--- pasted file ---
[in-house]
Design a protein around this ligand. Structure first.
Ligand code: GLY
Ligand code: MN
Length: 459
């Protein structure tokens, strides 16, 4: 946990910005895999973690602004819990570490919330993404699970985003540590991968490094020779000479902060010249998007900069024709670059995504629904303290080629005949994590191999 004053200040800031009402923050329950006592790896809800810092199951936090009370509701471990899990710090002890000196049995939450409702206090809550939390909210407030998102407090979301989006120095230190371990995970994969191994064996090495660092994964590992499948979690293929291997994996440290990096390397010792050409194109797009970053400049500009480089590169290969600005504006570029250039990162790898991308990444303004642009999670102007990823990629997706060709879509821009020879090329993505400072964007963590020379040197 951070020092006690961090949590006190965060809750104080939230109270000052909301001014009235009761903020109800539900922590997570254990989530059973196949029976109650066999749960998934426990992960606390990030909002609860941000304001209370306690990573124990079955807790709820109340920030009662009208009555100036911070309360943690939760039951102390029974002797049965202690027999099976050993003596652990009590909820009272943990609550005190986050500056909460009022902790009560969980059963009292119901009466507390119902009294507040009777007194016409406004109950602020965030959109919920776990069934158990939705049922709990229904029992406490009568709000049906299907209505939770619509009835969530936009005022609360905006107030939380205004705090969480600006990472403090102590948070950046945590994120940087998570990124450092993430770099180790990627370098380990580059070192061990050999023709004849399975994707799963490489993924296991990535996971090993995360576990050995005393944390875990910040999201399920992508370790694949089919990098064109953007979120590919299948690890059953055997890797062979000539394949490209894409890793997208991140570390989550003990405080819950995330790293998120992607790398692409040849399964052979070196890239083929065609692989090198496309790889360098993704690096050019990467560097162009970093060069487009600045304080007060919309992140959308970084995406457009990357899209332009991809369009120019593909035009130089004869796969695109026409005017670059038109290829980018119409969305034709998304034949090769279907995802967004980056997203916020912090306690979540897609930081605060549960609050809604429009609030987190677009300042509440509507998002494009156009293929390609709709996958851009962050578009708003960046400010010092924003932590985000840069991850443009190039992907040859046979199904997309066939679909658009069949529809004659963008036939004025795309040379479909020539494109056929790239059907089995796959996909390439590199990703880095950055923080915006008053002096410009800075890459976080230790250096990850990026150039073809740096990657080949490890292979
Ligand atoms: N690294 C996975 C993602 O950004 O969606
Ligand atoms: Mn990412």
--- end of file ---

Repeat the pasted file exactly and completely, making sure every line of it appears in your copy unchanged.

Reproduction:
[in-house]
Design a protein around this ligand. Structure first.
Ligand code: GLY
Ligand code: MN
Length: 459
């Protein structure tokens, strides 16, 4: 946990910005895999973690602004819990570490919330993404699970985003540590991968490094020779000479902060010249998007900069024709670059995504629904303290080629005949994590191999 004053200040800031009402923050329950006592790896809800810092199951936090009370509701471990899990710090002890000196049995939450409702206090809550939390909210407030998102407090979301989006120095230190371990995970994969191994064996090495660092994964590992499948979690293929291997994996440290990096390397010792050409194109797009970053400049500009480089590169290969600005504006570029250039990162790898991308990444303004642009999670102007990823990629997706060709879509821009020879090329993505400072964007963590020379040197 951070020092006690961090949590006190965060809750104080939230109270000052909301001014009235009761903020109800539900922590997570254990989530059973196949029976109650066999749960998934426990992960606390990030909002609860941000304001209370306690990573124990079955807790709820109340920030009662009208009555100036911070309360943690939760039951102390029974002797049965202690027999099976050993003596652990009590909820009272943990609550005190986050500056909460009022902790009560969980059963009292119901009466507390119902009294507040009777007194016409406004109950602020965030959109919920776990069934158990939705049922709990229904029992406490009568709000049906299907209505939770619509009835969530936009005022609360905006107030939380205004705090969480600006990472403090102590948070950046945590994120940087998570990124450092993430770099180790990627370098380990580059070192061990050999023709004849399975994707799963490489993924296991990535996971090993995360576990050995005393944390875990910040999201399920992508370790694949089919990098064109953007979120590919299948690890059953055997890797062979000539394949490209894409890793997208991140570390989550003990405080819950995330790293998120992607790398692409040849399964052979070196890239083929065609692989090198496309790889360098993704690096050019990467560097162009970093060069487009600045304080007060919309992140959308970084995406457009990357899209332009991809369009120019593909035009130089004869796969695109026409005017670059038109290829980018119409969305034709998304034949090769279907995802967004980056997203916020912090306690979540897609930081605060549960609050809604429009609030987190677009300042509440509507998002494009156009293929390609709709996958851009962050578009708003960046400010010092924003932590985000840069991850443009190039992907040859046979199904997309066939679909658009069949529809004659963008036939004025795309040379479909020539494109056929790239059907089995796959996909390439590199990703880095950055923080915006008053002096410009800075890459976080230790250096990850990026150039073809740096990657080949490890292979
Ligand atoms: N690294 C996975 C993602 O950004 O969606
Ligand atoms: Mn990412």